Kenya has also been lucky to avoid the ‘resource curse’ that afflicts so many African countries. It has never had much by way of mineral resources, which mandated a more diversified pattern of development from the start. Kenya’s biggest sectors in its economy are agriculture and services, including banking, finance and ICT but dominated by tourism.

    Kenya is the third-largest exporter of cut flowers in the world. The benign climate in Kenya’s highlands around Nairobi allows for an all-year growing season, which enables the country’s 127 commercial flower farms to operate without expensive greenhouse infrastructure. The Kenyan flower industry accounts for 35% of sales in the EU.

    According to the Kenya Flower Council, half a million people depend on the trade.

    Kenya is the largest exporter of black tea in the world. According to the Kenya Tea Development Agency’s 2016 figures, 560 000 small-scale producers account for 60% of the country’s output. However, there have been reports of pickers living in extreme poverty and minimum wages in the industry have been controversial. Excessive wage hikes (in 2014 pickers were granted a 30% increase) have to be eased in if they are not to threaten the industry completely. The 2014 increase was cut to 16% by Kenya’s Labour Court.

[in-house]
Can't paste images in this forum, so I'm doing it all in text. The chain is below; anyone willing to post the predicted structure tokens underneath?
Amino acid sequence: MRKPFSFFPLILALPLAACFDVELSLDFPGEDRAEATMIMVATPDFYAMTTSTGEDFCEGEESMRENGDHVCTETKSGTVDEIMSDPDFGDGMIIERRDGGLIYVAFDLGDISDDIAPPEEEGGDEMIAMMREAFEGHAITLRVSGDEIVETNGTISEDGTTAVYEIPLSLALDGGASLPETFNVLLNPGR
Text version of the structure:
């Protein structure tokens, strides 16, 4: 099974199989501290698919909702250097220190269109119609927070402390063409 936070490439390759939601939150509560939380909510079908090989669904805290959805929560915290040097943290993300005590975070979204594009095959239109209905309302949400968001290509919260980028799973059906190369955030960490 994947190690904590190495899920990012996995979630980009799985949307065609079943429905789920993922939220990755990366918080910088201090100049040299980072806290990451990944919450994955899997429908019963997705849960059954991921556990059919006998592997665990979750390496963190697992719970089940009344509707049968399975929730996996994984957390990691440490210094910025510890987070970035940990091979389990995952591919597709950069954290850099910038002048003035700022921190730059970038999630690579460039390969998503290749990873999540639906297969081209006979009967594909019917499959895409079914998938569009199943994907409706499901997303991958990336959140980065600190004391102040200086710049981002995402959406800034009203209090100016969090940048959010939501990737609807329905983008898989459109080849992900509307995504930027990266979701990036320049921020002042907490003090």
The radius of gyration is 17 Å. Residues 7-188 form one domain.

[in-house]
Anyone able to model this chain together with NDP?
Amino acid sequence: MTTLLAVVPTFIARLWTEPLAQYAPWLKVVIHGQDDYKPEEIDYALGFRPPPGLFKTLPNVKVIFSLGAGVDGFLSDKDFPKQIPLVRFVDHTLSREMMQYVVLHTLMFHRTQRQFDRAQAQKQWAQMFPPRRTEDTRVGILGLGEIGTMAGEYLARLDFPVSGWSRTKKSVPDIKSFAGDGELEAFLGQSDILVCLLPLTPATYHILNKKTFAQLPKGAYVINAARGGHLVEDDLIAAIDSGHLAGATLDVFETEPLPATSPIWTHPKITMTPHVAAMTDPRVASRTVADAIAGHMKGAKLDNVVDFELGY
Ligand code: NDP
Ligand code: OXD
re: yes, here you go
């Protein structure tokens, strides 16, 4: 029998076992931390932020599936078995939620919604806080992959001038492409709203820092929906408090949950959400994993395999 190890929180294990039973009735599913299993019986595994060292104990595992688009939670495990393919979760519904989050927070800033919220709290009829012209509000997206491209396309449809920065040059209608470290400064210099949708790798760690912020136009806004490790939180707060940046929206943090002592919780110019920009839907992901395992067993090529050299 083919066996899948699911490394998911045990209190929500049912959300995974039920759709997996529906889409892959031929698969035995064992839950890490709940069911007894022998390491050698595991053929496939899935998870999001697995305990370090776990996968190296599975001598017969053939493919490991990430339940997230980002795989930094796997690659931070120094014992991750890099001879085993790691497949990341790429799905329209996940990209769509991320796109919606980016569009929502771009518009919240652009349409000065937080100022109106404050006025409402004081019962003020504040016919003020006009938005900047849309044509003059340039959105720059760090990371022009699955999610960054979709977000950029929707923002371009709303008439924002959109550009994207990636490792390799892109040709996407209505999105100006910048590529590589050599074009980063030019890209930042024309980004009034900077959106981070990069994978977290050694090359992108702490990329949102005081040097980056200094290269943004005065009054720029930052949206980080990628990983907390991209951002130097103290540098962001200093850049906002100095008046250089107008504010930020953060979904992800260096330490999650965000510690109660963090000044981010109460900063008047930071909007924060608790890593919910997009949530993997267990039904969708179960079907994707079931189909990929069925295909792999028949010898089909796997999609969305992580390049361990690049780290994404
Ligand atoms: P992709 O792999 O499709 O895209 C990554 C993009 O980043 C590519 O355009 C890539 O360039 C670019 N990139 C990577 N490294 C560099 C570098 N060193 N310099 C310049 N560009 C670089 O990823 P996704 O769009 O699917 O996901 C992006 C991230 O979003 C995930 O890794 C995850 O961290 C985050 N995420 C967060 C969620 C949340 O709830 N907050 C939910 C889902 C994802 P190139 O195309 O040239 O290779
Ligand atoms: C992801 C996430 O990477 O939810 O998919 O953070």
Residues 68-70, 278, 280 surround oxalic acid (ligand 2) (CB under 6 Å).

Globally, Kenya is the leading exporter of black tea

    Kenya returned to multi-party democracy in 2002. While electoral contestation has been robust – even violent – the system survives and is seemingly becoming more deeply entrenched. Last year, Raila Odinga, Kenyatta’s main rival for the presidency, boycotted the second round of the presidential election, saying the process was rigged.

    The courts had ordered a rerun after ruling that Kenyatta’s victory in the first round, in August, had been marred by irregularities. But in March this year the two leaders were publicly reconciled and Odinga has been supportive of Kenyatta’s economic development plans in recent months.

    The president has promised to deliver on the ‘big four’ priority sectors in development. First, he intends supporting key subsectors in manufacturing – the blue (ocean) economy, agro-processing, leather and textiles. Kenya has one of the biggest manufacturing sectors in sub-Saharan Africa but it has been shrinking in recent years, down from 11% (of GDP) in 2013 to 8.4% in 2017. KPMG Kenya argues that it is more important to focus on the country’s vibrant services sector.

    ‘The working-age population in the country is growing, which contributes to the positive growth outlook over the long term. The country’s diverse economy and the thriving services sector is expected to be able to accommodate this workforce,’ it says.